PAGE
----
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Housing Affordability Price Points in NZ: ‘Rice and Beans’ vs ‘Smashed Avocado’

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Housing Affordability Price Points in NZ: ‘Rice and Beans’ vs ‘Smashed Avocado’ Novel approach to affordability focusing on wellbeing and the economy

This paper proposes a novel approach using a variation of the traditional residual income model to redefine housing unaffordability thresholds. Unlike the conventional approach, where households are assumed to survive on minimal expenses (‘rice and beans lifestyle’), we prioritise the wellbeing of household members and the general economy. Our affordable price point model stresses the importance of families living beyond sustenance and avoiding enslavement to housing expenses.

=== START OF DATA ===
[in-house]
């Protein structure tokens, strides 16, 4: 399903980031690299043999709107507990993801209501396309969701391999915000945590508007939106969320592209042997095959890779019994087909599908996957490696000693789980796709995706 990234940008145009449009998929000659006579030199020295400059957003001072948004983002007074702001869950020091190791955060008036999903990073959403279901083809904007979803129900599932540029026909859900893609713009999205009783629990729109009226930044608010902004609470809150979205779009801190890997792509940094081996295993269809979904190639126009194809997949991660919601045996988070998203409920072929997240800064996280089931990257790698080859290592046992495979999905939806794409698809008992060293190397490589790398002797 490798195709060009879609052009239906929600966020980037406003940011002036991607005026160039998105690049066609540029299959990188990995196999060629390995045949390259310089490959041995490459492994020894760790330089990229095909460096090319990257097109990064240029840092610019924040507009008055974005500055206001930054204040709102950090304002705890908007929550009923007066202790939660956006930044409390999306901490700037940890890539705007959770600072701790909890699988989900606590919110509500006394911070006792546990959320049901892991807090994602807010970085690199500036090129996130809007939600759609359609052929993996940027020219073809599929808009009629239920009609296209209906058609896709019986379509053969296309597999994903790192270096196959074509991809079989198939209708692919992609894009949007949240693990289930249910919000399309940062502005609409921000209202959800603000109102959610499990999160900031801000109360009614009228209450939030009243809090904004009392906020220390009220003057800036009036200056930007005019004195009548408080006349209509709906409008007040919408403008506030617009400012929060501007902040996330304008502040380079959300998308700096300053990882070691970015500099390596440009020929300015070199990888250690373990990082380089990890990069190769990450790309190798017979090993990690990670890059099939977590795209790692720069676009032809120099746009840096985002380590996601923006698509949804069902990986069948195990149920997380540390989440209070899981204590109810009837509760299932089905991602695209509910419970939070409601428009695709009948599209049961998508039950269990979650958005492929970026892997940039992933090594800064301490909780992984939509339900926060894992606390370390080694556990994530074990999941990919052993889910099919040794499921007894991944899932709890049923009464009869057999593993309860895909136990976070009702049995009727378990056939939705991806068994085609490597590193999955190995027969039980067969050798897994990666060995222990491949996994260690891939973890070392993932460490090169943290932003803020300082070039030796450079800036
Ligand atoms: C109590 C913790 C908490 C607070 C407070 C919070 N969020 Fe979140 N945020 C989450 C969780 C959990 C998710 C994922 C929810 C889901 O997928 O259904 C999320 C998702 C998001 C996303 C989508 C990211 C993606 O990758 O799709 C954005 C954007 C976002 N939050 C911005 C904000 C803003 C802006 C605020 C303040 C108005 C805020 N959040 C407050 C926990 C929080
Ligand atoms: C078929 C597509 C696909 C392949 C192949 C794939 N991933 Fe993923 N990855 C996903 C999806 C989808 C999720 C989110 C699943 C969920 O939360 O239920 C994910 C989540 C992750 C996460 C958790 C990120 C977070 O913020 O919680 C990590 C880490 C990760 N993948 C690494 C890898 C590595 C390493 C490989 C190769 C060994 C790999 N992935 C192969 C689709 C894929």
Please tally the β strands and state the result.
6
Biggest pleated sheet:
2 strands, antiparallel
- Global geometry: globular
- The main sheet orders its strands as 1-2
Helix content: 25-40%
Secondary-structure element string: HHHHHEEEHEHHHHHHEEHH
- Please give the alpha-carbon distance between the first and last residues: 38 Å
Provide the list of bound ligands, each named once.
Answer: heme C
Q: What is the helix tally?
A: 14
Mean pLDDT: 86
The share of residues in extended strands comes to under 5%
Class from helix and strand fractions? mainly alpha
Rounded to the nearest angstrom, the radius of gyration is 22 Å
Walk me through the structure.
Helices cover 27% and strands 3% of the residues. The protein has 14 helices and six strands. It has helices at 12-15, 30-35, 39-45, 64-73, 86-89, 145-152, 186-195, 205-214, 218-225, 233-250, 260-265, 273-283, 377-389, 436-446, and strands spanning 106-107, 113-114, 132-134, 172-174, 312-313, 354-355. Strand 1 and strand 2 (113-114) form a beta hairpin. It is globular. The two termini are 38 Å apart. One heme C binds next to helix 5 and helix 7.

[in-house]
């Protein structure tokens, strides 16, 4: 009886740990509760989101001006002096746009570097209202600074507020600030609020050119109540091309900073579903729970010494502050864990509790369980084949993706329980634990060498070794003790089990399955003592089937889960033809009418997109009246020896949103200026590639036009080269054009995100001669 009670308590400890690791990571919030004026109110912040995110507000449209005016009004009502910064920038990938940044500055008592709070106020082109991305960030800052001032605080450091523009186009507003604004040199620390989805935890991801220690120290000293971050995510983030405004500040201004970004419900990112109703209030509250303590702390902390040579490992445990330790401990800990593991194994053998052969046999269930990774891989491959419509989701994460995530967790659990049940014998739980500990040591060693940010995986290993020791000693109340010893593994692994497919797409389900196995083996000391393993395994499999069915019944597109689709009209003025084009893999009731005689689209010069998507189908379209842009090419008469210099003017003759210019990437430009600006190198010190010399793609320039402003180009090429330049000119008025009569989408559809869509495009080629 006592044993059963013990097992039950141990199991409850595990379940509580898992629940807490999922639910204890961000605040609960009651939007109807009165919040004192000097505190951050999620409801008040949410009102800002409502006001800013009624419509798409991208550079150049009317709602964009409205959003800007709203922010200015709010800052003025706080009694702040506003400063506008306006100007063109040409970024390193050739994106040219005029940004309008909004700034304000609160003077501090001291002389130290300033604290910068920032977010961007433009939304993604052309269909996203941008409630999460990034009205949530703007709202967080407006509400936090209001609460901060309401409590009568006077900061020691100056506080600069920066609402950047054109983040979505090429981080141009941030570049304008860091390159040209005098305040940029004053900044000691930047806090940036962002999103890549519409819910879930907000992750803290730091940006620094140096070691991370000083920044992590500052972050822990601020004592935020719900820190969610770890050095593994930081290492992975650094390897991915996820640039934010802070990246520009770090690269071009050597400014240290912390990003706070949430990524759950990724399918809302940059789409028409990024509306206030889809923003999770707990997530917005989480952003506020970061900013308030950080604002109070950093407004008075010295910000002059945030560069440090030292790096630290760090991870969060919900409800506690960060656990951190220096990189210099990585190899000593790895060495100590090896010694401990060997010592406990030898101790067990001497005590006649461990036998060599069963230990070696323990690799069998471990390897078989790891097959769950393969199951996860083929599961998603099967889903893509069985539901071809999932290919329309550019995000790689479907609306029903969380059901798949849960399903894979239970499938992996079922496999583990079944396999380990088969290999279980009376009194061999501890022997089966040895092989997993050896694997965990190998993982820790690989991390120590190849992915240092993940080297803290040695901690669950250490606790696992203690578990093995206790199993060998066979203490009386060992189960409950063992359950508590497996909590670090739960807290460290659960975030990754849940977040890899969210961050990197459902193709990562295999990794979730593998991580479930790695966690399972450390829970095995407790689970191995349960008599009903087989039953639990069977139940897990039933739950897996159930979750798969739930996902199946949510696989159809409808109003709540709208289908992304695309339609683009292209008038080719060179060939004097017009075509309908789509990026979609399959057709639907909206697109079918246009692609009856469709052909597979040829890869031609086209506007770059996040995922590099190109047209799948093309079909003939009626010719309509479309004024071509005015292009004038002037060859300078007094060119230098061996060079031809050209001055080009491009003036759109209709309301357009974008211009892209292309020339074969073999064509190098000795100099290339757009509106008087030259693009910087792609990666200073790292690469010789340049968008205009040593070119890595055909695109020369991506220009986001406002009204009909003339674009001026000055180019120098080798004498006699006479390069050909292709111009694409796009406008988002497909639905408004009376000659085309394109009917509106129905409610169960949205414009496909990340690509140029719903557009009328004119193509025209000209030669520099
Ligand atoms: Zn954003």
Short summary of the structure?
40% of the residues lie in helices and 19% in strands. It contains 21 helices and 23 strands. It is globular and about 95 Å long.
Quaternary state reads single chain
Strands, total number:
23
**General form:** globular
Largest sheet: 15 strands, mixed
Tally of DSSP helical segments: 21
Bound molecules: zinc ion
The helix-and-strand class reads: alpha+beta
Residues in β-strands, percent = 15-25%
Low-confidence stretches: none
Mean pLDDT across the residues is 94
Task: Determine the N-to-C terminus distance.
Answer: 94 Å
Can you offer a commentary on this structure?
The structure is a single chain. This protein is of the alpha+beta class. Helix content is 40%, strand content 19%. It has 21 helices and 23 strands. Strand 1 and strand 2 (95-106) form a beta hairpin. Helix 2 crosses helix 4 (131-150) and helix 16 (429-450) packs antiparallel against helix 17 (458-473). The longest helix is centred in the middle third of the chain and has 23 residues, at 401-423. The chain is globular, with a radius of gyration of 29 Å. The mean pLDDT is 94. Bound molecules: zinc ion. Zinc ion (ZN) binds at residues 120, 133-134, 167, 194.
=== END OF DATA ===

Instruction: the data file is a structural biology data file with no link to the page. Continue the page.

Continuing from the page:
Our modelling centres on households’ financial capacity, including bank lending, rather than anchoring on market-derived home purchase prices and rents. Our findings accentuate the gap between market prices and what typical households can genuinely afford without compromising non-housing expenses. We illustrate New Zealand’s housing unaffordability predicament through case studies of Horowhenua District and Auckland. In both markets households with substantial incomes have few suitable housing options that permit them to match the benchmark cohort’s non-housing spending patterns. In Auckland, even first-time owner occupiers with $200k incomes face trade-offs that previously generations of similar means did not encounter.

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